Despite his officially stated antagonism to “the so-called easel painting and art of the ultra-intellectual clique,” Rivera spent more than a decade, from 1907 to 1920, first in Madrid, where he painted many fine late symbolist landscapes, and then in Paris, where he gave himself up to the then regnant style of synthetic cubism. By the point in his career when the San Francisco exhibition takes up the tale, however, starting in 1921, Rivera had left Europe behind, and its “ultra-intellectual” art as well. And yet The Tortilla Maker (Fig. 3) or The Flower Carrier (Fig. 4), both depicting scenes of Mexican life, can hardly be taken as evidence of Rivera reverting to his cultural roots. His generally proletarian subjects are specific to Mexico, but one has the vivid sense that Rivera, having returned from Europe imbued with the habits and attitudes of the Continent, invented out of thin air a useable, but ultimately artificial Mexicanness: his big-boned archetypes correspond to nothing in earlier Mexican art, either before or after the arrival of Cortez.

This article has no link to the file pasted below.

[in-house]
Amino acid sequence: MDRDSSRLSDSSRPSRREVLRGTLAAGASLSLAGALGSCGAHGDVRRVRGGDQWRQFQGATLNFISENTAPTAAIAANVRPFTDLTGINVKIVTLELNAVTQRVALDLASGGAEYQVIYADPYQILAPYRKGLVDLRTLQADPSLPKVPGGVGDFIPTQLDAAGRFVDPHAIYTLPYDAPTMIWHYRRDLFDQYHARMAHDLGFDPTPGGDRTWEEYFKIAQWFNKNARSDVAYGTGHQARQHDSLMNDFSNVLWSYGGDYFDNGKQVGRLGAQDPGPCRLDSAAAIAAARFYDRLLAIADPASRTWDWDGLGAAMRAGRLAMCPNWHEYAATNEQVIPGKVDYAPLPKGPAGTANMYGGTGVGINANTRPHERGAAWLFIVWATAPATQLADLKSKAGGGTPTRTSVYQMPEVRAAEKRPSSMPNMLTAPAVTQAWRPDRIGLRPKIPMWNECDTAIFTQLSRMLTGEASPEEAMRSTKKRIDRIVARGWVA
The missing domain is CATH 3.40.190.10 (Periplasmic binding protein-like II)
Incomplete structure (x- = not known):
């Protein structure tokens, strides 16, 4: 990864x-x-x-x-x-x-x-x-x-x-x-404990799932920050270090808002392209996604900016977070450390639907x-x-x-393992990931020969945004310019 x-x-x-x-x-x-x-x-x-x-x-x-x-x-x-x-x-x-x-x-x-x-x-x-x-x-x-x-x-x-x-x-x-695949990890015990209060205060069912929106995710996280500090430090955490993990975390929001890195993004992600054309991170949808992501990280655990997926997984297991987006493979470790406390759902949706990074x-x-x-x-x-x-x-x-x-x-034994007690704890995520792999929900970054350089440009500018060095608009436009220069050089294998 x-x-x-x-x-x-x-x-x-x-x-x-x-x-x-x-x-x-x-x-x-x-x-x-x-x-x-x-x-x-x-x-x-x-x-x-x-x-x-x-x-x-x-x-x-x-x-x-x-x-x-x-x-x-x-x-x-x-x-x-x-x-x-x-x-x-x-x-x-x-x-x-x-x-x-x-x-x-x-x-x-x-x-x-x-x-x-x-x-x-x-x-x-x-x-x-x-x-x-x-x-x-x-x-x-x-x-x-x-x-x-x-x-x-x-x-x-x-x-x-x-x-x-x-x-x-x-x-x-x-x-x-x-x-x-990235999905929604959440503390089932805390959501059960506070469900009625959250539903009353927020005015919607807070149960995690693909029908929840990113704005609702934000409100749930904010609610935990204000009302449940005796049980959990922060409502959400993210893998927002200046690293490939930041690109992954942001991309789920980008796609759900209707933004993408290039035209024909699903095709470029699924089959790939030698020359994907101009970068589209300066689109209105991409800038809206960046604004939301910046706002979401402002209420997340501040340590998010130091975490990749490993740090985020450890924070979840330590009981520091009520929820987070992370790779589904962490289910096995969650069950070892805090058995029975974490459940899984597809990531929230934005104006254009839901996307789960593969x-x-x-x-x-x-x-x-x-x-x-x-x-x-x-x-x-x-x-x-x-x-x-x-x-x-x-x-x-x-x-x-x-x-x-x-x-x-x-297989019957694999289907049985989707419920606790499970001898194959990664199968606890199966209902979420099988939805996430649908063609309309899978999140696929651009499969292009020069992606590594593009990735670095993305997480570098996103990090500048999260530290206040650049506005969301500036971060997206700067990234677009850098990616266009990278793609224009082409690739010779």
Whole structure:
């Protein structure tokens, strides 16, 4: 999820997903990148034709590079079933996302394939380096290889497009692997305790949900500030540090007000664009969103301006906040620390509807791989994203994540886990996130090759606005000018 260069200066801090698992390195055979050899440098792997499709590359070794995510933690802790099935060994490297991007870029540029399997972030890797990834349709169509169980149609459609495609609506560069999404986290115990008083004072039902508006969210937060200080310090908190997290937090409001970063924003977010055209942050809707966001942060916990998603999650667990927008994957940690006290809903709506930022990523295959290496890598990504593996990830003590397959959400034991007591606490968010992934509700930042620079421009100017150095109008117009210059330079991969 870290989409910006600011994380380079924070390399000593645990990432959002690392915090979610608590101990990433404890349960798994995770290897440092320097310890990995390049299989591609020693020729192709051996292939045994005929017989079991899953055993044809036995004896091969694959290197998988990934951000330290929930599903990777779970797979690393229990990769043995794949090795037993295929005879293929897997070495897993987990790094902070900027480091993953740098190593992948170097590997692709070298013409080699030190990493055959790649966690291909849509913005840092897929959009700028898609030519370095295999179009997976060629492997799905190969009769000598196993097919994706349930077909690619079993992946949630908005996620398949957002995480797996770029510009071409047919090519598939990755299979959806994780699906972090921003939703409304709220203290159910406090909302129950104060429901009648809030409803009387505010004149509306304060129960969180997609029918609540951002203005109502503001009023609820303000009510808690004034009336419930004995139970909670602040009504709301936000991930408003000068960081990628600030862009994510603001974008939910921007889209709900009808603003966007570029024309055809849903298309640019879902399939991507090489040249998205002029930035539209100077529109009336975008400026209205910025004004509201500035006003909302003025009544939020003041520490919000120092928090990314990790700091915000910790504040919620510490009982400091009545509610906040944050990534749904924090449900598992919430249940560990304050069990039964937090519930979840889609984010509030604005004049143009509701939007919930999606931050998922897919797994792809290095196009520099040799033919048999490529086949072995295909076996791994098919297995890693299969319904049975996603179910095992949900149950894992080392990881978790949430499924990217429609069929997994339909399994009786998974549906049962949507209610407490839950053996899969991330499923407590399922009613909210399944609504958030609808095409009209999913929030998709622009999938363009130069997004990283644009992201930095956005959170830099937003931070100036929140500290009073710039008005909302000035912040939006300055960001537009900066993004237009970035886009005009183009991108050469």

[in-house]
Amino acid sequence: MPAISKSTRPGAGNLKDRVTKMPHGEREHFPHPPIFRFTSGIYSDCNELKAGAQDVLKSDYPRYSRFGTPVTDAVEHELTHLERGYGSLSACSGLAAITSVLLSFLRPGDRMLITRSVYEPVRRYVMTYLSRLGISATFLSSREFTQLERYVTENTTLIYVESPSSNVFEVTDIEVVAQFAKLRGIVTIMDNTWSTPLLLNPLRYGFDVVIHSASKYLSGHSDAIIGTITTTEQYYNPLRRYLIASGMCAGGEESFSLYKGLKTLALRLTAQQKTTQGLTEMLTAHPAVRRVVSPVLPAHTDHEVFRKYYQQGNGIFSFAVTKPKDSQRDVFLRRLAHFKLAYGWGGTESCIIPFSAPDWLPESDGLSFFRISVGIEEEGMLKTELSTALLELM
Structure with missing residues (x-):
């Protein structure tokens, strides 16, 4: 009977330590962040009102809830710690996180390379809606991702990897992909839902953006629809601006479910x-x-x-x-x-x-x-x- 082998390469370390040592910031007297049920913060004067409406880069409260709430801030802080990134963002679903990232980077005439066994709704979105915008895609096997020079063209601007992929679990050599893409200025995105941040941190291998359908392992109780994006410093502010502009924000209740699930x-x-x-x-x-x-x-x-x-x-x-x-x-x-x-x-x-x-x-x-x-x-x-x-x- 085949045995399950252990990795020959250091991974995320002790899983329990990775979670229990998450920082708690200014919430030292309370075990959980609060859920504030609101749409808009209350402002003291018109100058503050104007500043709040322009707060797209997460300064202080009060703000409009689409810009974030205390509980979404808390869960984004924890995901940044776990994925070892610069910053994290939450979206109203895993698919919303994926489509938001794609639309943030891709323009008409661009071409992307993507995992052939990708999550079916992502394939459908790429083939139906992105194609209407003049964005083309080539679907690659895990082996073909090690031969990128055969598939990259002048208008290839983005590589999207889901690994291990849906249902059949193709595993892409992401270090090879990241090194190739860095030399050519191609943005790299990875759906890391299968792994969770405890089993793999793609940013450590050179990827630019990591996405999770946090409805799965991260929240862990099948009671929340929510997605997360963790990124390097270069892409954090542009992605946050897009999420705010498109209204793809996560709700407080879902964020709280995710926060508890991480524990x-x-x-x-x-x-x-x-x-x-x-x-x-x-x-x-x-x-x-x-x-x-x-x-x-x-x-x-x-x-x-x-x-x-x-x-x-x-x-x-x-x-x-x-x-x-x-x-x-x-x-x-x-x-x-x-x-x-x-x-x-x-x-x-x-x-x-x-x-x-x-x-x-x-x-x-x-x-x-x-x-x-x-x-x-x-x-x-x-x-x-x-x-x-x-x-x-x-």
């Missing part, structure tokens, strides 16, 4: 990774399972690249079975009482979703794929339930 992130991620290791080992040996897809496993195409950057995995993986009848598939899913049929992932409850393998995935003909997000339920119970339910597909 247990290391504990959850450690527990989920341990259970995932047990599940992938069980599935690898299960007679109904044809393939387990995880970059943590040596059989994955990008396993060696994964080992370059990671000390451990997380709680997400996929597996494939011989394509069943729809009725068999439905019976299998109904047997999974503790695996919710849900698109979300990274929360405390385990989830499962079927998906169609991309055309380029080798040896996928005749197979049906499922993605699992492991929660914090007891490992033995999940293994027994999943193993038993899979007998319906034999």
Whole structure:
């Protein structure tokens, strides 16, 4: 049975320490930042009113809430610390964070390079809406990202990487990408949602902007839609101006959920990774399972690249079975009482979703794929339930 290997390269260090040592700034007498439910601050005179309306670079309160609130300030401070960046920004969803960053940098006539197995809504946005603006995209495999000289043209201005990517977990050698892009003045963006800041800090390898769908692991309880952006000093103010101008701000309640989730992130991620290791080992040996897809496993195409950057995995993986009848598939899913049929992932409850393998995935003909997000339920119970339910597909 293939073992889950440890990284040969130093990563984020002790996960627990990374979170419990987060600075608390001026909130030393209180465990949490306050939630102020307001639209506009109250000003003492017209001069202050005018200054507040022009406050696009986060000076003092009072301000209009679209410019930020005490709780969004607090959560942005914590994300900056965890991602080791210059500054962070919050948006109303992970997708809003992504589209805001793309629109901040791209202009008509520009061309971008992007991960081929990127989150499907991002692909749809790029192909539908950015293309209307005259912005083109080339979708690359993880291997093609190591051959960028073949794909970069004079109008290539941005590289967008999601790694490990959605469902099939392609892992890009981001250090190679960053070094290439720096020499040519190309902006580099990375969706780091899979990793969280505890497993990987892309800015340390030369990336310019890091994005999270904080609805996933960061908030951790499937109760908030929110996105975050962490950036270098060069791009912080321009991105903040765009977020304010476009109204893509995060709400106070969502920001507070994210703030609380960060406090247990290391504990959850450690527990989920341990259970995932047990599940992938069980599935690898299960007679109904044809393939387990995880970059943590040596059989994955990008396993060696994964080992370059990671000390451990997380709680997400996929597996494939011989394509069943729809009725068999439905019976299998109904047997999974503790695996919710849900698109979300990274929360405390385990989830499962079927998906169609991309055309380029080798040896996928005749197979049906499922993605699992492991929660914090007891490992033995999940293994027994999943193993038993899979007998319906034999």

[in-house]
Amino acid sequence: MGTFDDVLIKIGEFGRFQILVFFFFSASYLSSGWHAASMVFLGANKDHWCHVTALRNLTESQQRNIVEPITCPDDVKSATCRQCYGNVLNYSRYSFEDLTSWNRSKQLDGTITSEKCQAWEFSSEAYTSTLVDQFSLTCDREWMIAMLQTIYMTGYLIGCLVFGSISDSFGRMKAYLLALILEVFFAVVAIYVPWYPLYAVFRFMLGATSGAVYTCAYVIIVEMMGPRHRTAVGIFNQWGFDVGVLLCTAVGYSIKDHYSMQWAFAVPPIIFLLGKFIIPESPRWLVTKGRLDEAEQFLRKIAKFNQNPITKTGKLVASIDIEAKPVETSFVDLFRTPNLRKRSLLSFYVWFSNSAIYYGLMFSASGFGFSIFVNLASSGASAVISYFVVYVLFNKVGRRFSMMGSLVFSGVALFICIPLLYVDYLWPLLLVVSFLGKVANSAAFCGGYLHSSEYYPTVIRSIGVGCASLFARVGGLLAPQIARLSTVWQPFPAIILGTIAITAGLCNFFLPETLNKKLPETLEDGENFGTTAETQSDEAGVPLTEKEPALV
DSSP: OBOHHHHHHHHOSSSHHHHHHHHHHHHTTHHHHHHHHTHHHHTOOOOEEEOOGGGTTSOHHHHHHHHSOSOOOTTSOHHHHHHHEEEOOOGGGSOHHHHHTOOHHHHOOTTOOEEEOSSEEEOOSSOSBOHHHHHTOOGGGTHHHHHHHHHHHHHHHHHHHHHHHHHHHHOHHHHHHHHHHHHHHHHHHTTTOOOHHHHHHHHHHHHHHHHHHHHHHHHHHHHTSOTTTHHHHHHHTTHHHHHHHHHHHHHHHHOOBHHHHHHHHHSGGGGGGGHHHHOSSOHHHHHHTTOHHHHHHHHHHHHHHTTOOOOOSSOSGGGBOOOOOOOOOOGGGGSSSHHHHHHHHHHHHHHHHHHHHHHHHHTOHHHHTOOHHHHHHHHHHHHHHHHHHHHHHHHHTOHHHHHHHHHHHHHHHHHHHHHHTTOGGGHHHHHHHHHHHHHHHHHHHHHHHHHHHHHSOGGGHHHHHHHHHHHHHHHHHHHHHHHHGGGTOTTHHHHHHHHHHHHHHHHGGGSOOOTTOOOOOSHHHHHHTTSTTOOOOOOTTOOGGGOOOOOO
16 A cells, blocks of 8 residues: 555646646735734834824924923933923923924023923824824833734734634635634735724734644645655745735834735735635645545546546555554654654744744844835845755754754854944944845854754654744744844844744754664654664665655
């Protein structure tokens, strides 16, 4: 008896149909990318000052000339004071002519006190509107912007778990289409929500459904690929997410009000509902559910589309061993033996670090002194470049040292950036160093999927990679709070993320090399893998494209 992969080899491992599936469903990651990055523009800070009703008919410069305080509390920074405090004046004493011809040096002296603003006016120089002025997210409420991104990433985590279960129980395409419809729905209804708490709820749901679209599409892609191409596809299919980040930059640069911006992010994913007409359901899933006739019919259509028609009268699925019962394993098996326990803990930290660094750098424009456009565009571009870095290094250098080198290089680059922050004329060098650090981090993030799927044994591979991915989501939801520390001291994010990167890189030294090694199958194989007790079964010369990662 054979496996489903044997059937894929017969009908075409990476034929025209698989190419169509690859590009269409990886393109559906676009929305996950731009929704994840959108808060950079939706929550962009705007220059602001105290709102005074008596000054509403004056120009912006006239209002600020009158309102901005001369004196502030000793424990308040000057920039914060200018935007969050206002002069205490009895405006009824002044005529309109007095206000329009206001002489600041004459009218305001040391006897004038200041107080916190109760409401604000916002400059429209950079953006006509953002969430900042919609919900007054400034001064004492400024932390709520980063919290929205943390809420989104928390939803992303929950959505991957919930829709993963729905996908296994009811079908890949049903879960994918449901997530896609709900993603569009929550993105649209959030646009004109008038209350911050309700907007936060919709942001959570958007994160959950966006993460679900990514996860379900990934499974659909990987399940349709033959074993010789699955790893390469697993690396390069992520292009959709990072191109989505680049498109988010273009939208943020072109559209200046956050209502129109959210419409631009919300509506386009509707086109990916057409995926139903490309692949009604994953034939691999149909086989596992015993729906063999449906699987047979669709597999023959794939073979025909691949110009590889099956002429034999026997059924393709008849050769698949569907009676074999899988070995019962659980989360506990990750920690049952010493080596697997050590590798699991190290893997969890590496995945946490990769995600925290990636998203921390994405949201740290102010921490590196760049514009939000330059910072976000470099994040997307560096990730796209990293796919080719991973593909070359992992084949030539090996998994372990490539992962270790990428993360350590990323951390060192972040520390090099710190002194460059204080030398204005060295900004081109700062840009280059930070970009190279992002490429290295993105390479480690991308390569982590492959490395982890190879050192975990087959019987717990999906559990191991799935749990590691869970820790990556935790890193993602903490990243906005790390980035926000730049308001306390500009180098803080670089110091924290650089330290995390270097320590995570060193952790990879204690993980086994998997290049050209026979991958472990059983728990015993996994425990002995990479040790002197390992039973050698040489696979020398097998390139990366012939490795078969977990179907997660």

At the same time, throughout the period covered by the present show, Rivera could easily slip back at any moment into a more Eurocentric idiom, especially in his decidedly non-proletarian portraits of such captains of industry as Edsel Ford and in his fine depiction of Lupe Marin (Fig. 5), the second of his four wives. By virtue of its eye for detail and its singing line, Rivera’s expert pencil portrait Mr. and Mrs. Ralph Stack-pole (1926) recalls the finest drawings of Picasso’s Ballets Russes period.